MEXICO CITY (Reuters) - Mexico’s former defense minister Salvador Cienfuegos used his power in office to protect the Beltran-Leyva cartel, directing military operations against rival gangs and even finding maritime transport to ship drugs, U.S. prosecutors said.
Cienfuegos, arrested at Los Angeles airport on Thursday, took bribes in return for protection that included warning cartel members about U.S. investigations, according to prosecutors in New York who have charged him with five counts of drug trafficking and money laundering.
The detention comes less than three weeks before the U.S. presidential election. President Donald Trump, seeking a second term, has made clamping down on drug cartels a priority, though without major progress since he took office in 2017.
The arrest of Cienfuegos - nicknamed El Padrino, or The Godfather, in an August 2019 indictment that was sealed until he was in U.S. custody - marked the first time a former Mexican defense minister has been indicted and detained.
His fall will have far reaching implications for Mexico’s drug war, which has been led by the armed forces for more than a decade.
“In exchange for bribe payments, he permitted the H-2 Cartel - a cartel that routinely engaged in wholesale violence, including torture and murder - to operate with impunity in Mexico,” U.S. prosecutors said on Friday in a court filing.
The H-2 Cartel is a name for the Beltran-Leyva gang under the leadership of Juan Francisco Patron. One of the Beltran-Leyva brothers was killed in 2009, another arrested in 2014. By the time of Cienfuegos’ alleged crimes the gang had new leadership under Patron.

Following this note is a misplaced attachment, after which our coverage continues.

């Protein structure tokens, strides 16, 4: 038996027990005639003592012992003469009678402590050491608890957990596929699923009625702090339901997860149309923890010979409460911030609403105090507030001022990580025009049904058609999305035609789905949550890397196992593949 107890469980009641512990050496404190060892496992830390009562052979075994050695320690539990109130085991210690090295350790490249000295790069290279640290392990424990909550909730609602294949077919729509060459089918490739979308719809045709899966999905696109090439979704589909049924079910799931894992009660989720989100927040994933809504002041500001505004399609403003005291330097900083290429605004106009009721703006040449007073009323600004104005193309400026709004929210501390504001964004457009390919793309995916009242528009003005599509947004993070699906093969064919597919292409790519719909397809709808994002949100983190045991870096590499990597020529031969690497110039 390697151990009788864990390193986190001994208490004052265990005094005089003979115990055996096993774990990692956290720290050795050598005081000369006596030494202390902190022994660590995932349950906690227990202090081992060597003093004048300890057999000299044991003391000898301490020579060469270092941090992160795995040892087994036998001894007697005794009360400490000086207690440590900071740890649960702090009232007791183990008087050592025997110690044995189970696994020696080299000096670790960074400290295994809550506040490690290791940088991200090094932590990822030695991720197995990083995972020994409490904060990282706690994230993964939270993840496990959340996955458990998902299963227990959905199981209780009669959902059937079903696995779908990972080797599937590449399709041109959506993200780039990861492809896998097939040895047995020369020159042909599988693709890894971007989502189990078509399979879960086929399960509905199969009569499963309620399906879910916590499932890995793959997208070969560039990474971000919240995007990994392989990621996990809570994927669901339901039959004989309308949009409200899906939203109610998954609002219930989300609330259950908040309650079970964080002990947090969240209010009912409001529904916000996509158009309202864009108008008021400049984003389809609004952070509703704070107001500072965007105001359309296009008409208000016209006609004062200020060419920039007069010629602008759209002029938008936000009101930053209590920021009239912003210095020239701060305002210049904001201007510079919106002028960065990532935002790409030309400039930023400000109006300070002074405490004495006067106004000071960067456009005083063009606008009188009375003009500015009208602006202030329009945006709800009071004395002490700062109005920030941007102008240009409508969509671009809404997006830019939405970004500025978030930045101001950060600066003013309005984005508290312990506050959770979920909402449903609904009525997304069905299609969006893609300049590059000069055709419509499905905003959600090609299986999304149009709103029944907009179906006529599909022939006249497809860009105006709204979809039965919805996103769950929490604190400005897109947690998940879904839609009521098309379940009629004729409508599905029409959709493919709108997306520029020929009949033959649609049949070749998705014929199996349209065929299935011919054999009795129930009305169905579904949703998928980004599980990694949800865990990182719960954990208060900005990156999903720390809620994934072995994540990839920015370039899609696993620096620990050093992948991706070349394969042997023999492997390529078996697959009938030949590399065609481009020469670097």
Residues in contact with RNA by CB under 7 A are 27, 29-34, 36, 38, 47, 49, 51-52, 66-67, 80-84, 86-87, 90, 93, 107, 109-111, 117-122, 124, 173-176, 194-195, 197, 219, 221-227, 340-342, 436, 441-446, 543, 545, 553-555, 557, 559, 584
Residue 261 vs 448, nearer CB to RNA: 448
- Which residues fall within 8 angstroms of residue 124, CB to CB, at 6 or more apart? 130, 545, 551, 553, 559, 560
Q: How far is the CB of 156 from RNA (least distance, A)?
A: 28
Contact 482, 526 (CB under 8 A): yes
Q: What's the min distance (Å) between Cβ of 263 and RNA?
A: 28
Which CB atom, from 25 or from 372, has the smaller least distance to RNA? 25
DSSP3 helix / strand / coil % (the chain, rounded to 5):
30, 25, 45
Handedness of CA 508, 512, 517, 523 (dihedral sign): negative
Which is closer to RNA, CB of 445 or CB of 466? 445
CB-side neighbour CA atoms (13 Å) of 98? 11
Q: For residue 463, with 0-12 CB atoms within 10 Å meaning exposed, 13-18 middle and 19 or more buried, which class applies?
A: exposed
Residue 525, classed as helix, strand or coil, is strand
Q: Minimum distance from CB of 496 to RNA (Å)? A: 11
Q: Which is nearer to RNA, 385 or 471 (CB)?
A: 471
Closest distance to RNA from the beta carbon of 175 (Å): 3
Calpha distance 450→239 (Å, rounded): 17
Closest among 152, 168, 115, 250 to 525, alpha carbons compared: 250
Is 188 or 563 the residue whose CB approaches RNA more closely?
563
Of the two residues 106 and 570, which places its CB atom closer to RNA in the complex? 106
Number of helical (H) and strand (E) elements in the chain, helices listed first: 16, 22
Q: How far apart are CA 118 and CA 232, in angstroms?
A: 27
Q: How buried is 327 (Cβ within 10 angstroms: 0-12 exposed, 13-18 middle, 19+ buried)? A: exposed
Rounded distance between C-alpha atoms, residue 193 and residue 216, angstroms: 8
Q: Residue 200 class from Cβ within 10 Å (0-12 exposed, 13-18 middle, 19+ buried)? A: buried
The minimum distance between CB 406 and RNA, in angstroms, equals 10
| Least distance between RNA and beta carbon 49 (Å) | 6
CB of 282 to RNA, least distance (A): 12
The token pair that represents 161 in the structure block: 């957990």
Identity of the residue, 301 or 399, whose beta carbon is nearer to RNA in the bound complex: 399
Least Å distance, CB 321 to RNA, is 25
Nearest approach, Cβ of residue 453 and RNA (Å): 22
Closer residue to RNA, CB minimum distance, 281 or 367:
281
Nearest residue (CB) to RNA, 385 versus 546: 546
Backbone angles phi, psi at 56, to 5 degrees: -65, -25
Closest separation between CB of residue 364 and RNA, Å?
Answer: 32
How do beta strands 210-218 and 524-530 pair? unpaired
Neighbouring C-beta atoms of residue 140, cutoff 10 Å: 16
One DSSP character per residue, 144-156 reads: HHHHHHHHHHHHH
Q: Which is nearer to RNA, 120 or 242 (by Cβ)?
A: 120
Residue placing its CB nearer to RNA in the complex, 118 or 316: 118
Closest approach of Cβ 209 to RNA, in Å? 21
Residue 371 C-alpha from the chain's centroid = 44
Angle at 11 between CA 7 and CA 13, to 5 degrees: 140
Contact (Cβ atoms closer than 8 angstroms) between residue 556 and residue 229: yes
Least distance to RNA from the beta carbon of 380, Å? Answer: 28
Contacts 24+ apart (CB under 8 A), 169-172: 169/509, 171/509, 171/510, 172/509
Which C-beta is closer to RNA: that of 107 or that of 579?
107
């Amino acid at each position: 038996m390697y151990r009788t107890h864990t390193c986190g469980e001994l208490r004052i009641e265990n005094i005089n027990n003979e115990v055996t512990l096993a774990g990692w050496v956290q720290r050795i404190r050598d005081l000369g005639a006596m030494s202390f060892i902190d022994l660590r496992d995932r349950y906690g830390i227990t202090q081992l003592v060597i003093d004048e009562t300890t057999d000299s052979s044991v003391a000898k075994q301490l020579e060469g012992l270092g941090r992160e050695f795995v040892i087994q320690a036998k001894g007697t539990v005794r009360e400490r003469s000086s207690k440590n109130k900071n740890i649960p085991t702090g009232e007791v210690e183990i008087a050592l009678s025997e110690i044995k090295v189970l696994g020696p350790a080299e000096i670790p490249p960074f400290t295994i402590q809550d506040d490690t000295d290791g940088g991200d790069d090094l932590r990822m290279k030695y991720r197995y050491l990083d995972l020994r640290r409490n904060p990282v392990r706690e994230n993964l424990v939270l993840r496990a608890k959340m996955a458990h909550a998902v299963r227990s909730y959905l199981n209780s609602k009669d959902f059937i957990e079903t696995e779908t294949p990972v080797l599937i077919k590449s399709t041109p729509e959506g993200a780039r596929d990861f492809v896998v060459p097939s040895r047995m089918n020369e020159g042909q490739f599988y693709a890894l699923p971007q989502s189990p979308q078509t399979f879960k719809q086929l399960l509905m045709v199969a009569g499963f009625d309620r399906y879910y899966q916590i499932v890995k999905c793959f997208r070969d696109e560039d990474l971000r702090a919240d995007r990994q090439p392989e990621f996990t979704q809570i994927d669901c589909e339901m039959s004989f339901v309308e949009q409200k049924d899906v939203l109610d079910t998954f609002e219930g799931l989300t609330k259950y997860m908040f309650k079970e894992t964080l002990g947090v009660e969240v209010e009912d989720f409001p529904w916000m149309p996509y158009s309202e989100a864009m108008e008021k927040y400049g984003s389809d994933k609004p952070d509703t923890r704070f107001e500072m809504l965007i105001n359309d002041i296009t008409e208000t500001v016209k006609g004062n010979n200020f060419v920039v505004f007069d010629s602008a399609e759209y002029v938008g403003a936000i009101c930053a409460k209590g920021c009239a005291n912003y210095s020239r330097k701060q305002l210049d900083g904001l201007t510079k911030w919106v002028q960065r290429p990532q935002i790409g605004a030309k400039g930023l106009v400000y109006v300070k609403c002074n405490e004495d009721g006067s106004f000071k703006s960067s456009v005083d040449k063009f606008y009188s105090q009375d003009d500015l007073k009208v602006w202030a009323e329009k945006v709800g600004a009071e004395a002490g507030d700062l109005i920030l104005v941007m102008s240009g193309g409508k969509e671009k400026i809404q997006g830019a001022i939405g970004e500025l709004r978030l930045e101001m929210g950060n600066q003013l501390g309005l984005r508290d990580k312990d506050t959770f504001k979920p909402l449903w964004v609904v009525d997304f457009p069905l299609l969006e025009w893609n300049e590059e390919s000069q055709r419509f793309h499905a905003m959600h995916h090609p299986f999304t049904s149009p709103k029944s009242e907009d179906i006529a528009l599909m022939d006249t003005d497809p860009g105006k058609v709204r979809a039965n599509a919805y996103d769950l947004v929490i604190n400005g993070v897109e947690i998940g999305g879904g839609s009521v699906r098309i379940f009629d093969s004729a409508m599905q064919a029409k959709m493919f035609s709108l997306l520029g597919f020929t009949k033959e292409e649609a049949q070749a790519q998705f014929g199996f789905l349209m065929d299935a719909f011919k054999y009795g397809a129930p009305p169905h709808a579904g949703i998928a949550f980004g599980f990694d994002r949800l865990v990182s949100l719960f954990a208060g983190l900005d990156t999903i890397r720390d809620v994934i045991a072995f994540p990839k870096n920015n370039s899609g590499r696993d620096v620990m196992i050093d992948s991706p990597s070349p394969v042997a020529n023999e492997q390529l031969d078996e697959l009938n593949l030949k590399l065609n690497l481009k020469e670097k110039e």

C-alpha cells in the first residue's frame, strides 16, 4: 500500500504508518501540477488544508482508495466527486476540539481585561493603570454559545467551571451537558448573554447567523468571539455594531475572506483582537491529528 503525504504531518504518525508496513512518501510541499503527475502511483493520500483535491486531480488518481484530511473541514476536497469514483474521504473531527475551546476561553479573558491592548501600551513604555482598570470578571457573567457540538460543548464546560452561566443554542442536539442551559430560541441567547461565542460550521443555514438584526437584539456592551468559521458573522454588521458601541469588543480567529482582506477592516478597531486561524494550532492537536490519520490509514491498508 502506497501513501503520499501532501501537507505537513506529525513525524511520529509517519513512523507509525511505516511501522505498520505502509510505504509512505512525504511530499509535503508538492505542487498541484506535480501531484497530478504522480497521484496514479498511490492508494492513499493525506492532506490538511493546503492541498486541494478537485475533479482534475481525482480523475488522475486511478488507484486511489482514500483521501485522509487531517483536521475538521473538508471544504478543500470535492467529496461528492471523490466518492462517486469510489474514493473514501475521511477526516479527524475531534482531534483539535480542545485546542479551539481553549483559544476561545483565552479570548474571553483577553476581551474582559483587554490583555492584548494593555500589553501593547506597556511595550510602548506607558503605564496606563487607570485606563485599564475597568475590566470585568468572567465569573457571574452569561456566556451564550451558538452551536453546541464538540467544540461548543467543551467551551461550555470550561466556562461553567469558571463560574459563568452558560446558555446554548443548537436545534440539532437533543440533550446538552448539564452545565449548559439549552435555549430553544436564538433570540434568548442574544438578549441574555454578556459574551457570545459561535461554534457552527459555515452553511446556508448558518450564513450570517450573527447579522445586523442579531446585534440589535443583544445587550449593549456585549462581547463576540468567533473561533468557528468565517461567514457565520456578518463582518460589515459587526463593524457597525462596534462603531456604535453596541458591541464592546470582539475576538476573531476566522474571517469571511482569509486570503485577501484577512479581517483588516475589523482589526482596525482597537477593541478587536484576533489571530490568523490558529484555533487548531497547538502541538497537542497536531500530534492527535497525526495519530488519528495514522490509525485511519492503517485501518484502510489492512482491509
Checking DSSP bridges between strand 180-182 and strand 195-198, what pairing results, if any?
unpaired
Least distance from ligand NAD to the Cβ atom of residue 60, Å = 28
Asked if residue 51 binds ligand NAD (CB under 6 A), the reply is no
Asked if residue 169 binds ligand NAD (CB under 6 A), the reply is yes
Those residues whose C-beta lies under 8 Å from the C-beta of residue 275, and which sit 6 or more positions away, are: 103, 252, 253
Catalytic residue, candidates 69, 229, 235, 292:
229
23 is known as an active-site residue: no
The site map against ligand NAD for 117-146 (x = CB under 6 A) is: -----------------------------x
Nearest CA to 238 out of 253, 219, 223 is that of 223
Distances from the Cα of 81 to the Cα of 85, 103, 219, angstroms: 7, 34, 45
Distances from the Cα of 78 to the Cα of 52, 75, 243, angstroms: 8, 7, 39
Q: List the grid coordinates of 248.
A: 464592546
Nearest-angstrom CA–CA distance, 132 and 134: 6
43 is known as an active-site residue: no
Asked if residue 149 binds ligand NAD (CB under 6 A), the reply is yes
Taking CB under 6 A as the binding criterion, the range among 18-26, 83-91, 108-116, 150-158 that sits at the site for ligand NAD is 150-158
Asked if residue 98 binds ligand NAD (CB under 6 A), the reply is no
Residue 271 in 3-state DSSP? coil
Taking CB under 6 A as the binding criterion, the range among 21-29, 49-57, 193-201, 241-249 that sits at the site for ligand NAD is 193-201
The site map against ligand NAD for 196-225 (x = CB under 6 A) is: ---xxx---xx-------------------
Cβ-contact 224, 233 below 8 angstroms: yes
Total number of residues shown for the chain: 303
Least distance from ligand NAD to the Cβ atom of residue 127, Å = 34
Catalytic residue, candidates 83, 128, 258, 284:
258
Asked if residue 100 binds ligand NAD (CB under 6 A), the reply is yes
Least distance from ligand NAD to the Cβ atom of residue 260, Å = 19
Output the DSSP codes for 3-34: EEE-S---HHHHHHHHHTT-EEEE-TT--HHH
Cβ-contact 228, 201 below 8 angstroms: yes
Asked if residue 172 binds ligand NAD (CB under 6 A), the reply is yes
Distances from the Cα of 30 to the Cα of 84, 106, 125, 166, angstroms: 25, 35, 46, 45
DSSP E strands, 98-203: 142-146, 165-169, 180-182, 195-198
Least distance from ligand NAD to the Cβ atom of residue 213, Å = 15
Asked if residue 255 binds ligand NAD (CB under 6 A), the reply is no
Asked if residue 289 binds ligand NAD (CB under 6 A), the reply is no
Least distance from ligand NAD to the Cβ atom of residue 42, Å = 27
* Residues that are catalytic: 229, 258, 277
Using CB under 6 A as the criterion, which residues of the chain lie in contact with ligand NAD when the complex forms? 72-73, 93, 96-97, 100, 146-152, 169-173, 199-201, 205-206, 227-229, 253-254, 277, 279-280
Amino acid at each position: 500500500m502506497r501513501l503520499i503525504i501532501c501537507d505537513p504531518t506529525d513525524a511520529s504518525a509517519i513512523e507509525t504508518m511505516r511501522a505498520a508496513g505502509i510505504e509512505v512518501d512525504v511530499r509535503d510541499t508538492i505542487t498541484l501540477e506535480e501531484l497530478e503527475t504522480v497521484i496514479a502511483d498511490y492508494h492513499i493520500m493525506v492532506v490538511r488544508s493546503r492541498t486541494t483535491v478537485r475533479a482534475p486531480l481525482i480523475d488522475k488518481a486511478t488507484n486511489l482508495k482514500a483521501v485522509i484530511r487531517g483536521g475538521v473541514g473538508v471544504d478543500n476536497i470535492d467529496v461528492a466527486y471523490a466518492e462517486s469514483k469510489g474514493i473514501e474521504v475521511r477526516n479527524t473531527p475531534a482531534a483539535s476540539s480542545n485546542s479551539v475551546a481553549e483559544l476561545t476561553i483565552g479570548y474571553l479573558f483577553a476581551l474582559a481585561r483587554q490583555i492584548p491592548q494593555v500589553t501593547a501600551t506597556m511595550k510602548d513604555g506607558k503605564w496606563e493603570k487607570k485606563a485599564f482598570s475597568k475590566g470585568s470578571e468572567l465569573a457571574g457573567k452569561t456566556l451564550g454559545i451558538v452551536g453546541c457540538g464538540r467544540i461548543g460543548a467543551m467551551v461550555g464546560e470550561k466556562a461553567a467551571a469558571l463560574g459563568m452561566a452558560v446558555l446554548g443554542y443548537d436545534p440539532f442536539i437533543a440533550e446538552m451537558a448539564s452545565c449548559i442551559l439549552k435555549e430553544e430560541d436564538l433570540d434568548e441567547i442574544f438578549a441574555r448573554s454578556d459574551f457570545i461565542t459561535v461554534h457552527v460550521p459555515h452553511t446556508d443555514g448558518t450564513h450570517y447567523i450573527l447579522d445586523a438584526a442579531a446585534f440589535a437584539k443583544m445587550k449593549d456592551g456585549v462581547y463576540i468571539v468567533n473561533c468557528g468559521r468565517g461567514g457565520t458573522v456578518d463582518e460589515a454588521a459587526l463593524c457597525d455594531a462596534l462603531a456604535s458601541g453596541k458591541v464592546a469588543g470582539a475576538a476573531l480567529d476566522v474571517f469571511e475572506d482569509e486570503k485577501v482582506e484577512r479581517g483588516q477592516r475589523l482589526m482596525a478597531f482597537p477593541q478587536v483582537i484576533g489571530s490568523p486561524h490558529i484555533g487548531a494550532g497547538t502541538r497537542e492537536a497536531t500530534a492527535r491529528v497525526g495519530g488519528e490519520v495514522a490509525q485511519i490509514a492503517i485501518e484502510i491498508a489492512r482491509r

President Andres Manuel Lopez Obrador pledged to suspend anyone inside his government implicated in the charges.
“We won’t cover up for anybody,” he said, before voicing fulsome support for Cienfuegos’ successor at the head of the army and his counterpart in the navy, noting he had personally vetted them and vouched for their honesty.
Lopez Obrador quickly incorporated the arrest into his narrative that predecessors had presided over a debilitating increase in corruption in Mexico, which for years has been convulsed by often horrific levels of drug gang violence.
“If we’re not talking about a narco state, one can certainly talk about a narco government, and without doubt, about a government of mafiosi,” Lopez Obrador said.
“We’re cleaning up, purifying public life.”
U.S. prosecutors say there appear to have been very close ties between the minister and the H-2 gang, founded by cousins of Joaquin “El Chapo” Guzman and at the time engaged in a bloody war with his Sinaloa cartel.
His protection helped the cartel ship tonnes of cocaine, heroin, methamphetamine and marijuana into the United States without significant interference from the Mexican military, prosecutors said in a memo accompanying the indictment in U.S. District Court for the Eastern District of New York.
According to the court documents, which cite evidence intercepted from Blackberry Messenger communications, Cienfuegos made sure military operations did not target the cartel, focusing offensives on rival groups instead.
He is also accused of introducing the gang’s senior leaders to other Mexican officials in exchange for bribes. Information he passed on about cooperating witnesses in a U.S. investigation led to the murder of a cartel member wrongly believed to be assisting U.S. law enforcement, the documents said.
Among the thousands of intercepted communications, according to U.S. prosecutors, were many direct messages between Cienfuegos and a senior leader of the H-2 Cartel, including ones in which the minister discussed his historical assistance to another drug trafficking organization.
Cienfuegos is due to appear in a Los Angeles federal court later on Friday before being transferred to New York, where prosecutors expect him to be arraigned in the coming weeks.
Reuters was not immediately able to contact a lawyer the U.S. Attorney’s office in Brooklyn said was representing the defendant.
Reporting by Drazen Jorgic, Diego Oré, Frank Jack Daniel, Lizbeth Diaz and Dave Graham; Additional reporting by Mark Hosenball in Washington and Steve Gorman in Los Angeles; Writing by Frank Jack Daniel; Editing by Andrew Cawthorne, Tom Brown and Daniel Wallis
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